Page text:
(CN) - The first attempt to perform a uterus transplant in the United States has failed and doctors have removed the organ, officials from the Cleveland Clinic said.
Doctors at the Cleveland Clinic transplanted the uterus, from a woman in her 30s who died suddenly, on Feb. 24. The recipient, a 26-year-old woman named Lindsey, was born without a uterus and was the first of 10 uterine transplants planned by the clinic.
Clinic spokeswoman Eileen Sheil said a significant complication forced doctors to surgically remove the organ on Tuesday, but did not specify what had gone wrong. She said the uterus is currently being analyzed by pathologists.
"There is a known risk in solid-organ transplantation that the transplanted organ may have to be removed should a complication arise," the clinic said in a statement. "The medical team took all necessary precautions and measures to ensure the safety of our patient."
The clinic added the program will continue, and that it is committed to advancing medical research to "provide an additional option for women and their families."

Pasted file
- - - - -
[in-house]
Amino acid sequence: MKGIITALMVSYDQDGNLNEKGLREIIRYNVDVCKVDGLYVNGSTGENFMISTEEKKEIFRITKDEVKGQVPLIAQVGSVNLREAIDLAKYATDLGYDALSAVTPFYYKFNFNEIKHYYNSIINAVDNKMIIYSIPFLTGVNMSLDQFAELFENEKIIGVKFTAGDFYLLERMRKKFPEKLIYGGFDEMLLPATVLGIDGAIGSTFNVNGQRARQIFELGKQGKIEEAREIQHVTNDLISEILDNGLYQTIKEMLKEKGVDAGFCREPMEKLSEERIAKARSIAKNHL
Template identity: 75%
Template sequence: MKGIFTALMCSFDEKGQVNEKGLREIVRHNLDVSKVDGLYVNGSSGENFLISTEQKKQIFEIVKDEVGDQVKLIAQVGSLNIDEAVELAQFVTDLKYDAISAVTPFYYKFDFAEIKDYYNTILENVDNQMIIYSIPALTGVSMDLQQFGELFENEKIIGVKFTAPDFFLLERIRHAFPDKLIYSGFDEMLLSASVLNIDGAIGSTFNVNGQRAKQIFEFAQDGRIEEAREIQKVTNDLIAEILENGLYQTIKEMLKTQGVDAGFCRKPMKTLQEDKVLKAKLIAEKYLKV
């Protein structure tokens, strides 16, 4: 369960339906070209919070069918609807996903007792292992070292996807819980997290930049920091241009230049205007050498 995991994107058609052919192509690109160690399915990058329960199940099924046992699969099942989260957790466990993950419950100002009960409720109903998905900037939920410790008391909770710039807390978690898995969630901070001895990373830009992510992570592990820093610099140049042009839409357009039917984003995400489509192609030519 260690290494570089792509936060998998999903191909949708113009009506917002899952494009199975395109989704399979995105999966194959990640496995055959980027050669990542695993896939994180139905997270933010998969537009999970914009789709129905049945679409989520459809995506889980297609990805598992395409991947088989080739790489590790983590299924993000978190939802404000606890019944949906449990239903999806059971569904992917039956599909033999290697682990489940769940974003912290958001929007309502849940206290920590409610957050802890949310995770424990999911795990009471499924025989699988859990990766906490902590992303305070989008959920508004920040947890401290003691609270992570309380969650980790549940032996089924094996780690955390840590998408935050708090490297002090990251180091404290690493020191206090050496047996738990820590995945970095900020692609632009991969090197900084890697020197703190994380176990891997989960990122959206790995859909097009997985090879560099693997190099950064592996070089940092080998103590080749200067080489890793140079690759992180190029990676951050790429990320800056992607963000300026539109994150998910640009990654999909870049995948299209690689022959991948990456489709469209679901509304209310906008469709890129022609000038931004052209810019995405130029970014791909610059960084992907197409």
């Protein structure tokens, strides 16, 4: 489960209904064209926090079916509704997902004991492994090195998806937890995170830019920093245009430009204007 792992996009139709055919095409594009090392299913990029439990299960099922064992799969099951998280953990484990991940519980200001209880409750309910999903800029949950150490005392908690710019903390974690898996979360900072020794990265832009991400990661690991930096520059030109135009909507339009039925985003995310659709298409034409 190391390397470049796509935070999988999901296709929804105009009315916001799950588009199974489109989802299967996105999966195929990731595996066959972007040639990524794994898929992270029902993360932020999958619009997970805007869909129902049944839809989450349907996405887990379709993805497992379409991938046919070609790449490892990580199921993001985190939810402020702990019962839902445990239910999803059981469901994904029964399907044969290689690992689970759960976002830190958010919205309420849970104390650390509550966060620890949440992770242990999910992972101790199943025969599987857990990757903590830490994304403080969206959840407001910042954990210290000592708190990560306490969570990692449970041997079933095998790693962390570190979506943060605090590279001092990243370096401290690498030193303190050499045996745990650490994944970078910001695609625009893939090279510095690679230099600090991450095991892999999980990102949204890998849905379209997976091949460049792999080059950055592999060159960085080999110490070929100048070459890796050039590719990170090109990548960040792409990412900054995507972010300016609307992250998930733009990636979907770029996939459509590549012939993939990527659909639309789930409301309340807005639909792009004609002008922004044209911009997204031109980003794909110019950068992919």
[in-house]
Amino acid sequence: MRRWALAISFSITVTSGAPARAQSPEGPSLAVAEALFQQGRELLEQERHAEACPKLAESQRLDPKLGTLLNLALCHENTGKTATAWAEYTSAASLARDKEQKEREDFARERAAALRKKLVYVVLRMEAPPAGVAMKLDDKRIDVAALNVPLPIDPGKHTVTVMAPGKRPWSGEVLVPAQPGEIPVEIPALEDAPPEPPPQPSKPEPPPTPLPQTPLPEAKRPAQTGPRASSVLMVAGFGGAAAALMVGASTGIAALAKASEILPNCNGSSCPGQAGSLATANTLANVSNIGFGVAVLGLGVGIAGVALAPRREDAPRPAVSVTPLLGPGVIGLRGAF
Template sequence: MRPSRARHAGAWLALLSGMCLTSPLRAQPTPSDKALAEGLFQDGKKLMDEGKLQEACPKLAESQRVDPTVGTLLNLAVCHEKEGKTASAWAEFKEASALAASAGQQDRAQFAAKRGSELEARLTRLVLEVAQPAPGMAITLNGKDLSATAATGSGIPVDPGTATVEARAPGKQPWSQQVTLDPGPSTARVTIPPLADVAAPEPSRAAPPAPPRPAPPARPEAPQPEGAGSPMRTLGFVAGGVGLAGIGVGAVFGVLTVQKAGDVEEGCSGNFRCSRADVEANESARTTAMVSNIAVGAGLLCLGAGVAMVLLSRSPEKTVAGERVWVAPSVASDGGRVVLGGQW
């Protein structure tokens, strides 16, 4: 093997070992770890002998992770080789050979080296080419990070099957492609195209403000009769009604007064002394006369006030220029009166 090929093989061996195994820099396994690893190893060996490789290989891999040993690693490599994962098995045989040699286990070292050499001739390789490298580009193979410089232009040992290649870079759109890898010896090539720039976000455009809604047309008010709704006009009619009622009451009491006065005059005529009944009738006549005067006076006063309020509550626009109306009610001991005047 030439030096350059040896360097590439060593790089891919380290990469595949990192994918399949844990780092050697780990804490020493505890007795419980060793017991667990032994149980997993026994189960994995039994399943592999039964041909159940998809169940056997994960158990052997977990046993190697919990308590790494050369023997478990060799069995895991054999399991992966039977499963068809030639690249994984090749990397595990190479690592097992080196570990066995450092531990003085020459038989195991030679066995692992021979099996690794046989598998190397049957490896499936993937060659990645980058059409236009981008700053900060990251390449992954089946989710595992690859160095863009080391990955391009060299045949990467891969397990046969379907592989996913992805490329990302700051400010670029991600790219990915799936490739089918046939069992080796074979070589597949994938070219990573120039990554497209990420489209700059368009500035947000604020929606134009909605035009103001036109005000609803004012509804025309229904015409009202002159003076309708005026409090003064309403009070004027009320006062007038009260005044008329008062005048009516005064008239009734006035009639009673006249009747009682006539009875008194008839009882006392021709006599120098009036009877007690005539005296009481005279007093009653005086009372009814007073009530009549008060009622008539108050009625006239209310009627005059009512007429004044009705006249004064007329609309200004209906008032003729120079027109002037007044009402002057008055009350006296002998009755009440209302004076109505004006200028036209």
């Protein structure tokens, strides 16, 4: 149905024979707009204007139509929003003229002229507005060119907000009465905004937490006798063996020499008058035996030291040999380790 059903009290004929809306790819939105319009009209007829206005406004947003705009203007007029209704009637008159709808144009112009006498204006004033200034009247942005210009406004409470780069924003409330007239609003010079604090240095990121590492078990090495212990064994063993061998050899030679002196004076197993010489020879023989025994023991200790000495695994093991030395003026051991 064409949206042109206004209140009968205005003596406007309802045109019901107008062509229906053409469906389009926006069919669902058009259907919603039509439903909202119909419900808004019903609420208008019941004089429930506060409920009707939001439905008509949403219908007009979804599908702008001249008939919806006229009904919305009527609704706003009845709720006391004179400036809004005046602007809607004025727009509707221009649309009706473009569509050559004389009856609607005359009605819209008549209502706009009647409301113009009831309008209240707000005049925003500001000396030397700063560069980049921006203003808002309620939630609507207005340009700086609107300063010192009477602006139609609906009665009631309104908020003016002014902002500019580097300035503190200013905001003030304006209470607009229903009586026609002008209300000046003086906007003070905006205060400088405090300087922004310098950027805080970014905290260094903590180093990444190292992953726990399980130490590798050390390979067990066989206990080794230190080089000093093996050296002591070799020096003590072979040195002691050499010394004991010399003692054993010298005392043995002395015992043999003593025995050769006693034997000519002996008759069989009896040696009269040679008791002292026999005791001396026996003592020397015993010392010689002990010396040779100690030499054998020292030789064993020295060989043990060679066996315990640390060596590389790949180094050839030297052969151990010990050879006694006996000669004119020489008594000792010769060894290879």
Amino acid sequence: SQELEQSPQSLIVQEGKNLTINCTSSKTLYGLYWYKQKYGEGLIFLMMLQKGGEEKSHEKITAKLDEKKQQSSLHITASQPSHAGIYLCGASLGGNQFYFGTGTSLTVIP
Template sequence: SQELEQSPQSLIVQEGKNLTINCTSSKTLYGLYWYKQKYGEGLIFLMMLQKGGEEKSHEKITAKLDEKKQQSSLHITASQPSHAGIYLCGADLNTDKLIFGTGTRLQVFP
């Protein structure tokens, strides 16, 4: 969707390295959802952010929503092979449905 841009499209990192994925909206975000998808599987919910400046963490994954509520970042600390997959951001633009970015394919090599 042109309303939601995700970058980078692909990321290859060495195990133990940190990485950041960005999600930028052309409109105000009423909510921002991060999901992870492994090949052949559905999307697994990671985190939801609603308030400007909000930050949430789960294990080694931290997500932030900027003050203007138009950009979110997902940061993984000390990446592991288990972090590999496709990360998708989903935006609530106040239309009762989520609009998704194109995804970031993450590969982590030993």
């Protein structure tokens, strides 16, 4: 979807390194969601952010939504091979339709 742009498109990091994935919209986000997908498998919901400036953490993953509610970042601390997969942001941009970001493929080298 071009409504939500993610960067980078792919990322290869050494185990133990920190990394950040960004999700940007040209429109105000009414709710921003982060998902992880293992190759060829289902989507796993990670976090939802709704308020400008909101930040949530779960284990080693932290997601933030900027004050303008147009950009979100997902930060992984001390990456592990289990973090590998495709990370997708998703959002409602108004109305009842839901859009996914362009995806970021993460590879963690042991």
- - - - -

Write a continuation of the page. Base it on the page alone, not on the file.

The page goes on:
Doctors in Sweden have attempted nine uterus transplants, which led to five births. Two of the transplants failed during the first year and had to be removed, however.
News of the organ's failure came one day after the clinic held a press conference saying the transplantation appeared to have been successful. Lindsay made an appearance at the Monday press conference.
After removing the organ on Tuesday, the clinic said, "While this has been difficult for both the patient and the medical team, Lindsey is doing well and recovering."
In a statement, Lindsay said she was "doing okay" and thanked her doctors.
"I just wanted to take a moment to express my gratitude towards all of my doctors," Lindsay said. "They acted very quickly to ensure my health and safety. Unfortunately I did lose the uterus to complications. However, I am doing okay and appreciate all of your prayers and good thoughts."
Doctors said a transplant can fail for a number of reasons, including rejection by the patient's immune system, an infection or a problem with the veins and arteries connected to the organ.Follow @@SeanDuffyCNS
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